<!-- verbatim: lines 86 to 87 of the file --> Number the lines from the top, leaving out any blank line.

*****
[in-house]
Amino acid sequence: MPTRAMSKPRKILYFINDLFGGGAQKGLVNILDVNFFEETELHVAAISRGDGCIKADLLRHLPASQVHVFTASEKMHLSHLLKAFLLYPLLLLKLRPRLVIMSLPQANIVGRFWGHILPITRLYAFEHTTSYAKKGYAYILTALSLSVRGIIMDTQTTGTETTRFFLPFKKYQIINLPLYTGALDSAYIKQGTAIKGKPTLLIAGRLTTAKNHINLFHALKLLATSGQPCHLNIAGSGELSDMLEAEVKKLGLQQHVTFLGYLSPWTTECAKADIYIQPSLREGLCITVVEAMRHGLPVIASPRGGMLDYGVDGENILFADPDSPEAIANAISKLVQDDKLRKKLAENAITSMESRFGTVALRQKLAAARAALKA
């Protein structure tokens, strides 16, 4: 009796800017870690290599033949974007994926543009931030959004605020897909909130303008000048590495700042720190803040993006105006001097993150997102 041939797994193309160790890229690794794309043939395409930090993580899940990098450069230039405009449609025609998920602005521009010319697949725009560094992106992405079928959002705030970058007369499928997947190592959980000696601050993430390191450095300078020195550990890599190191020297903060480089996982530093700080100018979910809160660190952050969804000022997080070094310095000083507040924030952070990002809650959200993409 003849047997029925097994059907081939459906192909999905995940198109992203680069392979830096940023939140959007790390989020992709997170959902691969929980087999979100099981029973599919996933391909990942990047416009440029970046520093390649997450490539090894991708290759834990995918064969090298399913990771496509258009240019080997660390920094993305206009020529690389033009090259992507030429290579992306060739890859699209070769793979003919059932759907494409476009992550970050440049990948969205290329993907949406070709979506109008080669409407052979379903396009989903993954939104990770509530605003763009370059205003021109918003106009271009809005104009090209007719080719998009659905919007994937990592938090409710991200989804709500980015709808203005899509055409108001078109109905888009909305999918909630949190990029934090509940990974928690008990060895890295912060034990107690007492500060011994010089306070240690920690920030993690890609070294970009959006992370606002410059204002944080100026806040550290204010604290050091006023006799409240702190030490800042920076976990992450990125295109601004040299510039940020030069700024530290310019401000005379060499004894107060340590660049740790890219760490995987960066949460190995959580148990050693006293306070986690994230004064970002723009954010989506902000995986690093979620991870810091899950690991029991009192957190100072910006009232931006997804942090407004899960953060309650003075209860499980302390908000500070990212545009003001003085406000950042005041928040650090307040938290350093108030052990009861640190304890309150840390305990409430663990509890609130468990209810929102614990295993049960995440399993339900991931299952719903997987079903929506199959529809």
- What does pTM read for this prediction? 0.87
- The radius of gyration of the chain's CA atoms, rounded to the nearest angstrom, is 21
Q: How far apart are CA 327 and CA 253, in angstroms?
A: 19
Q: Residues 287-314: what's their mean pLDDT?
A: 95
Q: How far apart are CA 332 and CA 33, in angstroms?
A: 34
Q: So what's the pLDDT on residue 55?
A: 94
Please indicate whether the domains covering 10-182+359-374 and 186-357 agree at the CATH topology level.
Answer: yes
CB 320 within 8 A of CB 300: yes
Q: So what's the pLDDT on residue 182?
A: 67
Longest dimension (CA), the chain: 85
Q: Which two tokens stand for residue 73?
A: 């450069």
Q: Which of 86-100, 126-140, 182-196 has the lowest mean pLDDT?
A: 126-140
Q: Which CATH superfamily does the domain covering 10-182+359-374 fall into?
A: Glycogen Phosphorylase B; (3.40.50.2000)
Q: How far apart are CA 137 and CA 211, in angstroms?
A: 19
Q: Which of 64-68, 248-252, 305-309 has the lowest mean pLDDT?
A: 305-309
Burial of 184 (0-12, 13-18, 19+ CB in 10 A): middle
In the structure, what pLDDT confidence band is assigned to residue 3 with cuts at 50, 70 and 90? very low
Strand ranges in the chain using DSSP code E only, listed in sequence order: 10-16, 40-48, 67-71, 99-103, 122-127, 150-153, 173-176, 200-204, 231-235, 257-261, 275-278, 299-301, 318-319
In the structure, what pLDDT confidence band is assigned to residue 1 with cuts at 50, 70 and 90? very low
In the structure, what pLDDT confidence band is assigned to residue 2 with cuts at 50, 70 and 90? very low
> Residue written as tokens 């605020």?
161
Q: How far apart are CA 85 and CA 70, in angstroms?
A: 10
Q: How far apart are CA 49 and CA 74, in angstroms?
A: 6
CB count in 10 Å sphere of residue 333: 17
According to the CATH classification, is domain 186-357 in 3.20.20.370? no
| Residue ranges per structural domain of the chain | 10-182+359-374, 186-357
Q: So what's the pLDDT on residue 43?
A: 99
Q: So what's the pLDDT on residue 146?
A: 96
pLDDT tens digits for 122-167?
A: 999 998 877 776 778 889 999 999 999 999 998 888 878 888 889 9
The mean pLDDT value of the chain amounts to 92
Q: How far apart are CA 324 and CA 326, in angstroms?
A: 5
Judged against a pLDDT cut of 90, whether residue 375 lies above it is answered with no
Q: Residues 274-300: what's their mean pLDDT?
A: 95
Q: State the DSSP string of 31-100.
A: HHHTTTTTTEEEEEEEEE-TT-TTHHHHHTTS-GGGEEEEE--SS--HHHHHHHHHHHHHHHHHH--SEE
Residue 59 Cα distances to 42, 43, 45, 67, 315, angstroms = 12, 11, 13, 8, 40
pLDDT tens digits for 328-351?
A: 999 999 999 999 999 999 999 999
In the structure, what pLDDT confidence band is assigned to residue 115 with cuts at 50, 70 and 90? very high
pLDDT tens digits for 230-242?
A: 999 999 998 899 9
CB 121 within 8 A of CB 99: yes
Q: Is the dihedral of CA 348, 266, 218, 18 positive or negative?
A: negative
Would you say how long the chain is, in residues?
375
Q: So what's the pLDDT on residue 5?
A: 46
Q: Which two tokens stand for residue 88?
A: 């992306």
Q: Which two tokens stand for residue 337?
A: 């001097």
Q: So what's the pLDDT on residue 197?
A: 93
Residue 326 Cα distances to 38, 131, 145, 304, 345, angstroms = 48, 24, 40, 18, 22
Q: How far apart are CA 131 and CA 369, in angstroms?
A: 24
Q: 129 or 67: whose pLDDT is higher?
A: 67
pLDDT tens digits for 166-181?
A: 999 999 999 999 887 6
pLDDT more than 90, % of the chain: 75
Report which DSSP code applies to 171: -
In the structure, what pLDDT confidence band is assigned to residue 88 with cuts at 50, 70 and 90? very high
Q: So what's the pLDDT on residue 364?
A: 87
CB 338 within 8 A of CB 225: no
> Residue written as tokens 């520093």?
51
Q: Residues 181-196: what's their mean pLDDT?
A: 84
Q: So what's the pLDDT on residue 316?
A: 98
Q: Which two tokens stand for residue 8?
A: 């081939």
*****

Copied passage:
In the structure, what pLDDT confidence band is assigned to residue 88 with cuts at 50, 70 and 90? very high
Q: So what's the pLDDT on residue 364?